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Master of Arts in Journalism

The Master of Arts in journalism is designed for an emerging class of professionals who work at the intersection of journalism, strategic communication and social media.

Program at a glance

Application deadline: Feb. 1 (early admission), March 15 (all others)
Admissions cycle: Fall
Assistantship types of available: Teaching, Research
Graduate director: Howard Goldbaum

Why choose this master's in journalism?

As the media landscaped has changed, demand for new skills -- particularly those in the digital realm -- has risen sharply in journalism. The University's master's in journalism prepares professional journalists to advance their careers with these emerging skills.

This is a three-semester intensive graduate program for students who have a Bachelor of Arts in journalism or similar degree, along with professional experience, and want to hone their skills to become next-generation media communicators. The curriculum is designed to ensure that students:

  • Gain a deep understanding of how journalism is changing
  • Master a range of interactive new media tools
  • Practice user-centered design principles to develop new ways of doing journalism
  • Become proficient at social media and participatory communication
  • Gain valuable experience in thinking entrepreneurially about networked communication

Graduates of this program may go on to posts such as:

  • Social media manager
  • Entrepreneurial journalist
  • Content strategist
  • Content curator
  • Multimedia journalist
  • Public relations professional

The Reynolds School of Journalism has produced six Pulitzer Prize winners and its students continue to win national competitions in fields including print journalism, photojournalism and advertising. Today, the School hosts about 450 undergraduate majors and minors and 20 master's degree students.

How do I apply?

Prospective students should apply through the University Graduate School. For admission to the journalism master's program, the Graduate School must receive with the application:

  1. An official transcript from all post-secondary institutions attended
  2. Scores on the TOEFL exam (international students only)
  3. Recent GRE scores
  4. Letter of intent explaining why the student wants to pursue graduate work in this program, what the student hopes to gain from participating, the assets the student brings to the program and how the student plans to use the degree after graduation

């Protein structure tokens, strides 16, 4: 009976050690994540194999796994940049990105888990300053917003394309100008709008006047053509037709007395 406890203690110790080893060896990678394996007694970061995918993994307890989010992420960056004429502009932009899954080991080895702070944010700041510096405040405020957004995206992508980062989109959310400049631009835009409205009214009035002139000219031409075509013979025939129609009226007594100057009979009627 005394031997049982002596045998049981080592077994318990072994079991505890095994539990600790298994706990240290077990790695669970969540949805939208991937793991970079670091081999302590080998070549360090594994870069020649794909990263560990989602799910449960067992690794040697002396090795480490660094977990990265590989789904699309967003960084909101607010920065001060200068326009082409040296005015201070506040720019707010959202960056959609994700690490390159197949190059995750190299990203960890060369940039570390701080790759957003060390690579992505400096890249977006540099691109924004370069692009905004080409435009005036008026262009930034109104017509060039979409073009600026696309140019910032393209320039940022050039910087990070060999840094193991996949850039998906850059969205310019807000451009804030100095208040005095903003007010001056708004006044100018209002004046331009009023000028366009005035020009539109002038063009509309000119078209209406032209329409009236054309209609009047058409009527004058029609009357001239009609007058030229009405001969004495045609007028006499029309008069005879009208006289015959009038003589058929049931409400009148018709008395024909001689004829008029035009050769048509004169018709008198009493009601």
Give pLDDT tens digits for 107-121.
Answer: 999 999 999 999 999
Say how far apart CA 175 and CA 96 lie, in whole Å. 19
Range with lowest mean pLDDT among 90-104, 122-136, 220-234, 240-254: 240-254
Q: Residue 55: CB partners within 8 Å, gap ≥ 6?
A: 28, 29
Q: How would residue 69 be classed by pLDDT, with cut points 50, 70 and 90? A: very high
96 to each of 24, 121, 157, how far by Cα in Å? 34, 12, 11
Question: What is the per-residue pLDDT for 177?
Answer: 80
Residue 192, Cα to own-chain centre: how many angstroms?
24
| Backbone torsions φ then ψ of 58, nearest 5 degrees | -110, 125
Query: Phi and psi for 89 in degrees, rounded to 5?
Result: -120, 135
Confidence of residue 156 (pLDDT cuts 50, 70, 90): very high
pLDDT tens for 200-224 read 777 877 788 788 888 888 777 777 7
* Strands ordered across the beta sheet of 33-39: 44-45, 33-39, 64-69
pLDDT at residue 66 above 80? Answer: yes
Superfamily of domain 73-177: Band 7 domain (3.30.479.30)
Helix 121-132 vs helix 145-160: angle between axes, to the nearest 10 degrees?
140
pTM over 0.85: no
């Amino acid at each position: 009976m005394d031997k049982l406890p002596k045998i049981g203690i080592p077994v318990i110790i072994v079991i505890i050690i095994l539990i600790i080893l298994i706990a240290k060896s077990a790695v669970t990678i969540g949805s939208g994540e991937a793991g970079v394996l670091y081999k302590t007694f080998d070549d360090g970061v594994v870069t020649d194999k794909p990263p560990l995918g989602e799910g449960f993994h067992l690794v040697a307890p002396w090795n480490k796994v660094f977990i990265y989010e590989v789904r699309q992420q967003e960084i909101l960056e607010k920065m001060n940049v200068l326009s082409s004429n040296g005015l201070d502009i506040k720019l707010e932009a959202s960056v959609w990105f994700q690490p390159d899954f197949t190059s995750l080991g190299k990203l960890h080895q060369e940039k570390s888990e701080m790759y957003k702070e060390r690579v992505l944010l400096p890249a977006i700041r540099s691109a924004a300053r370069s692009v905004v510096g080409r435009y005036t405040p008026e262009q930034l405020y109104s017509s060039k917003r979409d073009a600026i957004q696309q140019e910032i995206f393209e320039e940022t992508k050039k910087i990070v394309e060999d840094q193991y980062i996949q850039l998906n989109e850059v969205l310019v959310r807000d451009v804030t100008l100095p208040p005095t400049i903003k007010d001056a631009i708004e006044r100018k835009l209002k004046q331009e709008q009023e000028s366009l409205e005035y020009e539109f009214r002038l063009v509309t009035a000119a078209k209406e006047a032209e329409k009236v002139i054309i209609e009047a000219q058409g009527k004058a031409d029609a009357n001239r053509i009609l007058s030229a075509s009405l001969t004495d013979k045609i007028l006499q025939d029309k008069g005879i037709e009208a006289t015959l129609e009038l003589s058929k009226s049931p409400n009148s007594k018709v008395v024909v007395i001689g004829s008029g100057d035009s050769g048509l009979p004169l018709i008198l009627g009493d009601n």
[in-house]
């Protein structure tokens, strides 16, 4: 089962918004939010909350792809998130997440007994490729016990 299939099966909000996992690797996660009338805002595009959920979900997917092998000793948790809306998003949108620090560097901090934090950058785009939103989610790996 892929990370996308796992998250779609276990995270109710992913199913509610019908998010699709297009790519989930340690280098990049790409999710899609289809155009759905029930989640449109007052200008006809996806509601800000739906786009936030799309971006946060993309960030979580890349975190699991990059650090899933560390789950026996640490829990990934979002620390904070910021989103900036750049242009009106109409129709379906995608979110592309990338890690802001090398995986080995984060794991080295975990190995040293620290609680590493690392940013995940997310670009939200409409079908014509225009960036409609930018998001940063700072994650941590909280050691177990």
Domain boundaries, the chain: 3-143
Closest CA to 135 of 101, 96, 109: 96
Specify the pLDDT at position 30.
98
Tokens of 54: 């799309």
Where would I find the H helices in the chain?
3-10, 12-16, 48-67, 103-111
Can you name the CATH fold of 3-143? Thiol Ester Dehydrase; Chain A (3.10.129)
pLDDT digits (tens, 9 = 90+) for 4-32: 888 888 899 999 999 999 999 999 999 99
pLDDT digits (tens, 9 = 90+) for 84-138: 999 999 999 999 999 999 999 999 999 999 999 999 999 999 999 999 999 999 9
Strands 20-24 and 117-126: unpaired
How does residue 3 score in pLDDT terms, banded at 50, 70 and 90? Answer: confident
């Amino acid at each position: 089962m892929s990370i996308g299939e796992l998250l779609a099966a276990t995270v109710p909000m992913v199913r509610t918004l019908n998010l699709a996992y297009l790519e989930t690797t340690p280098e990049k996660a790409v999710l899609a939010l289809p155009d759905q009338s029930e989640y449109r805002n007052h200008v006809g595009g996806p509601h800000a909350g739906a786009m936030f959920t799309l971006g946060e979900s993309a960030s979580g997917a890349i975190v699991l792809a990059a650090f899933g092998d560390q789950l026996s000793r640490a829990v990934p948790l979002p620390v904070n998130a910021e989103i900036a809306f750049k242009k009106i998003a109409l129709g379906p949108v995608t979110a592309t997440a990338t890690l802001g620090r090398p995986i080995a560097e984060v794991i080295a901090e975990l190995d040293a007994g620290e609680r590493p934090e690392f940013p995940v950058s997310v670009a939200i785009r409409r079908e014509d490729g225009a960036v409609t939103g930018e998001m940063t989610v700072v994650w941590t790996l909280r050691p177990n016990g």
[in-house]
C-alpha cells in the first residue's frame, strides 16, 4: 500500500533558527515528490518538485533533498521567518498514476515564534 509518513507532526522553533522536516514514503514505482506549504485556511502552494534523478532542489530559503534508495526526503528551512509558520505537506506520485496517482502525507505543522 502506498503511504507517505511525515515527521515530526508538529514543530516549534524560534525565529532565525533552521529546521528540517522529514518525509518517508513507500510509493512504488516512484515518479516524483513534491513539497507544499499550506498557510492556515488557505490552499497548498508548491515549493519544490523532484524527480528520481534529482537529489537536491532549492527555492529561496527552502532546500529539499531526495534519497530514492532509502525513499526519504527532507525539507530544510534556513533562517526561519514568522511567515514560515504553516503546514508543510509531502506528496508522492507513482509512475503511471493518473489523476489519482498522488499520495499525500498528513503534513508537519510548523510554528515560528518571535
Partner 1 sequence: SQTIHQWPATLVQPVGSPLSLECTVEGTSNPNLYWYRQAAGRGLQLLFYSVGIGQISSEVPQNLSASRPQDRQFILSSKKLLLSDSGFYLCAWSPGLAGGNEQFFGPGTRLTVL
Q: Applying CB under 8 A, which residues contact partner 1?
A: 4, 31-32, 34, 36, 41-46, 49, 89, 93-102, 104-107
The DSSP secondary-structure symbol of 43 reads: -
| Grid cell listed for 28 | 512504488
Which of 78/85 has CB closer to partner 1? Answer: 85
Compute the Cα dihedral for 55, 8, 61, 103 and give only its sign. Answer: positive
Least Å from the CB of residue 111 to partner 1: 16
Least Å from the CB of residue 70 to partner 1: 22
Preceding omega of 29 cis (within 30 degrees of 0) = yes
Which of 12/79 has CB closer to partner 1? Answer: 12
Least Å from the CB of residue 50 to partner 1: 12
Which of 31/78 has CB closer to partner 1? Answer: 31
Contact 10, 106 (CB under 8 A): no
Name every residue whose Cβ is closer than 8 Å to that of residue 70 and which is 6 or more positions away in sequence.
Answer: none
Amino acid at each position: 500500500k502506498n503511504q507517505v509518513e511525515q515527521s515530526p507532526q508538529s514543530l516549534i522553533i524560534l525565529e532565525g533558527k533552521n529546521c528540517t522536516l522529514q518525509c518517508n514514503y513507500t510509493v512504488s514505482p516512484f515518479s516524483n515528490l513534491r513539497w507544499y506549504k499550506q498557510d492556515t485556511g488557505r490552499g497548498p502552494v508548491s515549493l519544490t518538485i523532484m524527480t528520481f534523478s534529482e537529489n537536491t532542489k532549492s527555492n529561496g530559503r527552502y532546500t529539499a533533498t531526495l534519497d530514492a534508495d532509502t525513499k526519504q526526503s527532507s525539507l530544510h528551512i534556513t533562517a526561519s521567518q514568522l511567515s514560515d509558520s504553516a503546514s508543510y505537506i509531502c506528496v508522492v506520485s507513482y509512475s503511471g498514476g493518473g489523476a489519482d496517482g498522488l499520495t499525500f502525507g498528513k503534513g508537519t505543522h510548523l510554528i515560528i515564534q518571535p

5. Three letters of recommendation, including one from a recent employer
  6. Professional work samples, if available, which may include published articles or photographs or other examples of professional experience

Early applicants to the program will be screened by February 1. Those recommended for acceptance will be given first priority in the awarding of graduate assistantships. All applications are due for acceptance in the program and consideration for the remaining graduate assistantships by March 15. After March 15, applications will continue to be accepted for the fall until the program is full. However graduate assistantships will be available only in limited circumstances.

The graduate admissions committee evaluates all candidates based on their success in undergraduate studies, professional accomplishments, statement of intent, letters of reference and potential for contributing to a well-balanced cohort.

The program also accepts a limited number of Graduate Special students in the fall semester and, under rare circumstances, in the spring semester in preparation for fall admittance. Graduate specials are students who have completed an undergraduate degree but have not been accepted into the graduate program. They can take classes and transfer up to nine credits of graduate work to a graduate degree. Graduate Special students are not eligible for financial aid, including student loans. To find out more about this option, contact the graduate director.

Is funding available?

This program provides graduate assistantships on a competitive basis. Historically, those who apply by the March 15 deadline and are accepted into the program have been awarded a 15-hour teaching or research assistantship. This assistantship allows the students to earn $1,000 per month, have out-of-state tuition fees waived and receive reduced per-credit charges. More information on program costs and funding is available on the Reynolds School of Journalism site.

What's next?

You can apply now if you are ready to begin at the University or complete the form on this page if you would like to connect with a faculty member.



Related Degrees and Programs

Contact Reynolds School of Journalism

Phone (775) 784-6531

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